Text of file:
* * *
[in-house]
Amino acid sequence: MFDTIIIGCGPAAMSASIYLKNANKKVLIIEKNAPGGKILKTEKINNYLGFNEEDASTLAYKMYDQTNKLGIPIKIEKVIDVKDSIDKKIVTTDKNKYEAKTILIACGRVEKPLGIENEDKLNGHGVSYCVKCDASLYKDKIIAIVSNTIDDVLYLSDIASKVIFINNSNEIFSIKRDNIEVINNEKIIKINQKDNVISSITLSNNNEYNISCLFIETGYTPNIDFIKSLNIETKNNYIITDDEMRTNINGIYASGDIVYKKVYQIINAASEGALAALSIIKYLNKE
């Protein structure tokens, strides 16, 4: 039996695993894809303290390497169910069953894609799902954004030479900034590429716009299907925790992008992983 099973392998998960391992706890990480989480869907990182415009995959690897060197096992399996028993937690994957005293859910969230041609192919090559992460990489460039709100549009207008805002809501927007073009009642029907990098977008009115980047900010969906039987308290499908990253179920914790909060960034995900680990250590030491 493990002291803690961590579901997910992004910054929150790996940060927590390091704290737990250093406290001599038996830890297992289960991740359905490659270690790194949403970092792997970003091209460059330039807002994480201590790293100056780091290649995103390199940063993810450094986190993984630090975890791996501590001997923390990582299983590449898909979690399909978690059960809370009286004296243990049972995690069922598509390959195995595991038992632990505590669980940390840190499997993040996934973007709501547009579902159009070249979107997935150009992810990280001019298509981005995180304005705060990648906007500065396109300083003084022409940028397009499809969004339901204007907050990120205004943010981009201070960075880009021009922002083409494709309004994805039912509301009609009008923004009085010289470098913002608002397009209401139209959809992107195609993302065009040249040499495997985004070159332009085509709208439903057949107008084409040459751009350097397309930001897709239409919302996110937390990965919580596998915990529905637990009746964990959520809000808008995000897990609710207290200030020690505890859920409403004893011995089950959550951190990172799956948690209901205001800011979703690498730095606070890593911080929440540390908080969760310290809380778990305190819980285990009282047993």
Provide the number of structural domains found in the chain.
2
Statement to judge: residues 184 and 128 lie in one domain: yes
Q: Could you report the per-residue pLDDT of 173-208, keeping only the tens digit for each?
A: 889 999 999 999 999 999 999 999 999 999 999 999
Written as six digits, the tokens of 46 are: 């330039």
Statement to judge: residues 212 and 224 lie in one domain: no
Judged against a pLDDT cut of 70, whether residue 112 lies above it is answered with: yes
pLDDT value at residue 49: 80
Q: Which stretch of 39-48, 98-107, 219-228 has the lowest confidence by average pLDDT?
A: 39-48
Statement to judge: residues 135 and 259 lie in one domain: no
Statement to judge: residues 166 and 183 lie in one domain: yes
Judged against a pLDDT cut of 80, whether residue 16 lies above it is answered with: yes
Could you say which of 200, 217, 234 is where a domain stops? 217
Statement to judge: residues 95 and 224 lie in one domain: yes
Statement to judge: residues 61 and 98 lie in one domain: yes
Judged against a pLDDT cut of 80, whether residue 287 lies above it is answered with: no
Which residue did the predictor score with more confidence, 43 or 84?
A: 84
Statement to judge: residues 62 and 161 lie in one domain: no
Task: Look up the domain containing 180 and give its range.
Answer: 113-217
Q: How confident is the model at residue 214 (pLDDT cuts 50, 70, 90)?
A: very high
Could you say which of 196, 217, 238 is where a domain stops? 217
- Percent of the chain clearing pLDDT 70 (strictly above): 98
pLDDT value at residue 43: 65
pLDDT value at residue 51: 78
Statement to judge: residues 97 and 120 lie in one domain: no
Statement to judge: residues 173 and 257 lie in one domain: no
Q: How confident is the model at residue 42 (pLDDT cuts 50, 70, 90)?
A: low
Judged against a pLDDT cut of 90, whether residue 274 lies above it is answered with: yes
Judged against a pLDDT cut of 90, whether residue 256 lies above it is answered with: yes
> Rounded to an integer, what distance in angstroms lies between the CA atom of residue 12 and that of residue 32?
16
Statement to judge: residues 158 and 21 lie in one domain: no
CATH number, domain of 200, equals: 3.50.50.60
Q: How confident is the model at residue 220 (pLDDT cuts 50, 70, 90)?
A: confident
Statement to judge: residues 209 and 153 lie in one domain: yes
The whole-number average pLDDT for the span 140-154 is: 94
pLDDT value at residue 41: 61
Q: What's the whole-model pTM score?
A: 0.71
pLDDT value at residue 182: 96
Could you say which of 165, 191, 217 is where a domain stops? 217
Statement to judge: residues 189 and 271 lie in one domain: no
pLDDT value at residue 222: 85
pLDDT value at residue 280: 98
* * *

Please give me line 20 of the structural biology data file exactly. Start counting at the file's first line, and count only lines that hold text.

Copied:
Statement to judge: residues 61 and 98 lie in one domain: yes